Partition the data

To split the data into Train and Test sets, go to the Field Operations section from the nodes (left-side) panel, then drag and drop the Partition node onto the canvas. Connect the Partition node to the Data Asset node.

One of the important steps to prepare the data to feed into a model for training is splitting it into Train and Test sets. There are approaches that split the data before pre-processing and other approaches to split the data after pre-processing. I split the data first in this example. spss: Partition the Data

Double-click the Partition node to see its configuration options. For now, leave everything as-is. spss: Configure the Partition Node

Find and fix issues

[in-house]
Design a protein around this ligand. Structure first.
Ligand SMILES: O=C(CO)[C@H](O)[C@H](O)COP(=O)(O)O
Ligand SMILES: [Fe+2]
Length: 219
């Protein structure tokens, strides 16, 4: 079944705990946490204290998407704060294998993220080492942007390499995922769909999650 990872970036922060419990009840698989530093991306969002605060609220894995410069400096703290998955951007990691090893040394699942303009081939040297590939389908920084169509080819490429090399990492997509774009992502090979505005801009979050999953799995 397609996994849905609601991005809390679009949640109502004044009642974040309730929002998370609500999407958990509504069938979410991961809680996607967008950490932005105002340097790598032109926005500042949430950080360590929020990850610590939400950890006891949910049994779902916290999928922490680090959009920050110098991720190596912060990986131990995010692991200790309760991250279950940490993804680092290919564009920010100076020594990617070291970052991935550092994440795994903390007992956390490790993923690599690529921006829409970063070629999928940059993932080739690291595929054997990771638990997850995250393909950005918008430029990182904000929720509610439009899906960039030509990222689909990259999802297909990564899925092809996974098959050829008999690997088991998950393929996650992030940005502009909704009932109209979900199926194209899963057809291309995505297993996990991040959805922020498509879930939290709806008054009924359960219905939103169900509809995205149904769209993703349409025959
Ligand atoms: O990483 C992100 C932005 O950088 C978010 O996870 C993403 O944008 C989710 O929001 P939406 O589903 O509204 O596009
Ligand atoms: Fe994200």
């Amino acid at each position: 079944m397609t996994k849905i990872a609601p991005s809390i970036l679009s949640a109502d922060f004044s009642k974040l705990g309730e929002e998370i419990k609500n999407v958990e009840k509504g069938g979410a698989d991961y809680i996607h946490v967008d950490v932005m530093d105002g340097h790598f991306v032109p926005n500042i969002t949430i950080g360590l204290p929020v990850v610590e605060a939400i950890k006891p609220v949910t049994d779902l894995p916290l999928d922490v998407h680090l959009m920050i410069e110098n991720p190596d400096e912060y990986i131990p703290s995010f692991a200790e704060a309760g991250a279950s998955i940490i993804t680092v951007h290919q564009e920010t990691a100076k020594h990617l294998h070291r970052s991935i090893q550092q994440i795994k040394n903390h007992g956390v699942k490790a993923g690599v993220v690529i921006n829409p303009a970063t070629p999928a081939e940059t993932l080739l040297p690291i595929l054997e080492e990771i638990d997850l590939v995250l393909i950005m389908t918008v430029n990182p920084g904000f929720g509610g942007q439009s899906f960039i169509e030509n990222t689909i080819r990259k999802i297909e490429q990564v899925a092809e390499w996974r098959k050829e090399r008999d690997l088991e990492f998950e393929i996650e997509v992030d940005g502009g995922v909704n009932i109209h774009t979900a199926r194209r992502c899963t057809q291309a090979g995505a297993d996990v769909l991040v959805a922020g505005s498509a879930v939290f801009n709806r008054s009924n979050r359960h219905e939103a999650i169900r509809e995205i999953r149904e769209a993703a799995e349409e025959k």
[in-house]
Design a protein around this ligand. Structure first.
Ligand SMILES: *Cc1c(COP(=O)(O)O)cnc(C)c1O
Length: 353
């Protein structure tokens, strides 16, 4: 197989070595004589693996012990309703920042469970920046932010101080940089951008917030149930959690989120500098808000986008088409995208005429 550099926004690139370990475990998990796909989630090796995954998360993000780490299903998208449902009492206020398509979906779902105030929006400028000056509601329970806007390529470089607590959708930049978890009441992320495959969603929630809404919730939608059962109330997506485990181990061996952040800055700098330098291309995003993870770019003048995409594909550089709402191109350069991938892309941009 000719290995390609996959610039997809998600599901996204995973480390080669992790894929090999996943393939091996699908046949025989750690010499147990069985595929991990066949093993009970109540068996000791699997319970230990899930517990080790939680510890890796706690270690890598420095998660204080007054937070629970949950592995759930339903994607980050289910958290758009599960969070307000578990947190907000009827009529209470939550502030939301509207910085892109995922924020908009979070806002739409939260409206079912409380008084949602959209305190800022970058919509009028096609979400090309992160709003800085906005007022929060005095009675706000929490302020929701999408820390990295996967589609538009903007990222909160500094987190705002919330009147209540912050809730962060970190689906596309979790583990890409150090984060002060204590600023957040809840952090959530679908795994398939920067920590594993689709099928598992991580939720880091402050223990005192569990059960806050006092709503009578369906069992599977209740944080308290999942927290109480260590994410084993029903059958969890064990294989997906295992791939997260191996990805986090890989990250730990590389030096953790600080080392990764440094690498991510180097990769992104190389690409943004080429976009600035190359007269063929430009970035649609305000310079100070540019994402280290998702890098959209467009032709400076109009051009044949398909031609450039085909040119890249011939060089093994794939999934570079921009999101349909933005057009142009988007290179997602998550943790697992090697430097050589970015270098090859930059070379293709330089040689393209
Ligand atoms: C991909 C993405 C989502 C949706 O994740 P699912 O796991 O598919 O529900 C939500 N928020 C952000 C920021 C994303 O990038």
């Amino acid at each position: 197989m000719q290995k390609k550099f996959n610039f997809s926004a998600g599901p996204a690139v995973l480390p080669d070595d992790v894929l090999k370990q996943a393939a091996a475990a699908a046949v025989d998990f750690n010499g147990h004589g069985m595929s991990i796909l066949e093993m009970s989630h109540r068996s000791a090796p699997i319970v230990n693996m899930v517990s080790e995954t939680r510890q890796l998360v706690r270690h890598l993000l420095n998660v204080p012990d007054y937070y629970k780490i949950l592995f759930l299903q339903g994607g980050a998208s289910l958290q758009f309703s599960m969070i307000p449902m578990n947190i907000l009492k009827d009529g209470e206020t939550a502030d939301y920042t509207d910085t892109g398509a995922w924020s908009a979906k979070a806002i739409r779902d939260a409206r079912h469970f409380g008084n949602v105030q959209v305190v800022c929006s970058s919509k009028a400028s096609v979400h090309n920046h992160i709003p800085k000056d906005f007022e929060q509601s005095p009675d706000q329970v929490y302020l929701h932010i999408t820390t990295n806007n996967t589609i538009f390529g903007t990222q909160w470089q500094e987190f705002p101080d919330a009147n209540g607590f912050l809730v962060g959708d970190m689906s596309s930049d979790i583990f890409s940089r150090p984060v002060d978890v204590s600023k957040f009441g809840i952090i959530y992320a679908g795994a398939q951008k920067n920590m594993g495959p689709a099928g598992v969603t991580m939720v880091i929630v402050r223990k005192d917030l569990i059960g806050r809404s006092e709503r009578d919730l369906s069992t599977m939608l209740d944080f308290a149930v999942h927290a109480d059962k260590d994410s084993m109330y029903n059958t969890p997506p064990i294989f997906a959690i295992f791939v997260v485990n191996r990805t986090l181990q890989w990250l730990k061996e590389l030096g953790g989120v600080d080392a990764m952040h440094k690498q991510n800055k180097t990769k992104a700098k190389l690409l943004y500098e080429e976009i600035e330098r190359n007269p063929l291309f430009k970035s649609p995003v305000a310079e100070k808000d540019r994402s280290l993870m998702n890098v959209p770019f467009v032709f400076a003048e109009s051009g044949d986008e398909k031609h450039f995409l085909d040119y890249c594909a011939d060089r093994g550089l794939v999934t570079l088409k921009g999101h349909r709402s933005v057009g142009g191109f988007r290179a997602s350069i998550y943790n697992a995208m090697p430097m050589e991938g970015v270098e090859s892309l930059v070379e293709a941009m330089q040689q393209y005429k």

Now, it’s time to fix any problems present in the dataset and prepare it for the modeling step. From the nodes (left-side) panel, go to the Field Operations section and drag and drop the Auto Data Prep node onto the canvas. Connect the Auto Data Prep node to the Partition node. spss: Auto Data Prep

Attach another Data Audit node to access the results of the Auto Prep process. Go to Outputs in the nodes (left-side) tab and select the Data Audit node. Drag and Drop the node onto the canvas and connect it to the Auto Data Prep node. Right-click the Data Audit node to view the menu, select Run to start running the flow we have so far. spss: Data Audit

To view the results, go to the Outputs tab in the right-side panel. Select the most recent Data Audit results, which will be on top. spss: Select Output